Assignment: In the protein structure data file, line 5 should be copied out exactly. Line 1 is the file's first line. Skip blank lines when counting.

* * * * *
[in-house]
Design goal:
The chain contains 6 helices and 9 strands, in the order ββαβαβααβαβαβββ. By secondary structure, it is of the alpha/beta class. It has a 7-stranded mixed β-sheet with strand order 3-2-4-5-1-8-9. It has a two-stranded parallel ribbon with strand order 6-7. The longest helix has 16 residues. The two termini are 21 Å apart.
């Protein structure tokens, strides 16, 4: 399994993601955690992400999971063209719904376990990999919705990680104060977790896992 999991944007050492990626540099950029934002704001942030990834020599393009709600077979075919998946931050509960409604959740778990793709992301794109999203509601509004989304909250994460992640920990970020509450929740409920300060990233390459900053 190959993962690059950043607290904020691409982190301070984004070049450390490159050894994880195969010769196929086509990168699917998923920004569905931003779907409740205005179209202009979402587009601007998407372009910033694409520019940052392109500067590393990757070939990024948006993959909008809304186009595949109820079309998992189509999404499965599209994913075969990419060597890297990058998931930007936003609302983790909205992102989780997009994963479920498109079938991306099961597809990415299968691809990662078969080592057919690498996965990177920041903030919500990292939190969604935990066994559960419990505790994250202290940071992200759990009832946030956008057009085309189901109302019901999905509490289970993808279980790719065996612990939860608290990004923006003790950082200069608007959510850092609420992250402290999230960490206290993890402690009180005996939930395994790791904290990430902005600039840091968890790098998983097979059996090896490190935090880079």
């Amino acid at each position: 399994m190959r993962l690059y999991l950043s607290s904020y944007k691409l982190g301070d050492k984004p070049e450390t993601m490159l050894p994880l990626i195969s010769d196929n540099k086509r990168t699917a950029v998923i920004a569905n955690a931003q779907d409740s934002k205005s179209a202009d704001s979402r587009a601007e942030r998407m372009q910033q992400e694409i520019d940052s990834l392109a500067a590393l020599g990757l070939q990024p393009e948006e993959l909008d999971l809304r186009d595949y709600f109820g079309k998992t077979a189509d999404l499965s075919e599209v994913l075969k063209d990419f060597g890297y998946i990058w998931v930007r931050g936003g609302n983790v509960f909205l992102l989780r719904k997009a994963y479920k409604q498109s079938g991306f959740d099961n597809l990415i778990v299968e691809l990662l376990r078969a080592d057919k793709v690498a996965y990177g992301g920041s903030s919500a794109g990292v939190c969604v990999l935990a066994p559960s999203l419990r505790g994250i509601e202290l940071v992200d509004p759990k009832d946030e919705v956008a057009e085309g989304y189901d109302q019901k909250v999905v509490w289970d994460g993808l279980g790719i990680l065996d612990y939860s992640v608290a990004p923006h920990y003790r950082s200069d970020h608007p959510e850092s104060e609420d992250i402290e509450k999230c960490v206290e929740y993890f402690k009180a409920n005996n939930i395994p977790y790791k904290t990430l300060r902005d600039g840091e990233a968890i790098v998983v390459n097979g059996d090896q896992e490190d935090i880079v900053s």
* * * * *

């Amino acid at each position: 399994m190959r993962l690059y999991l950043s607290s904020y944007k691409l982190g301070d050492k984004p070049e450390t993601m490159l050894p994880l990626i195969s010769d196929n540099k086509r990168t699917a950029v998923i920004a569905n955690a931003q779907d409740s934002k205005s179209a202009d704001s979402r587009a601007e942030r998407m372009q910033q992400e694409i520019d940052s990834l392109a500067a590393l020599g990757l070939q990024p393009e948006e993959l909008d999971l809304r186009d595949y709600f109820g079309k998992t077979a189509d999404l499965s075919e599209v994913l075969k063209d990419f060597g890297y998946i990058w998931v930007r931050g936003g609302n983790v509960f909205l992102l989780r719904k997009a994963y479920k409604q498109s079938g991306f959740d099961n597809l990415i778990v299968e691809l990662l376990r078969a080592d057919k793709v690498a996965y990177g992301g920041s903030s919500a794109g990292v939190c969604v990999l935990a066994p559960s999203l419990r505790g994250i509601e202290l940071v992200d509004p759990k009832d946030e919705v956008a057009e085309g989304y189901d109302q019901k909250v999905v509490w289970d994460g993808l279980g790719i990680l065996d612990y939860s992640v608290a990004p923006h920990y003790r950082s200069d970020h608007p959510e850092s104060e609420d992250i402290e509450k999230c960490v206290e929740y993890f402690k009180a409920n005996n939930i395994p977790y790791k904290t990430l300060r902005d600039g840091e990233a968890i790098v998983v390459n097979g059996d090896q896992e490190d935090i880079v900053s």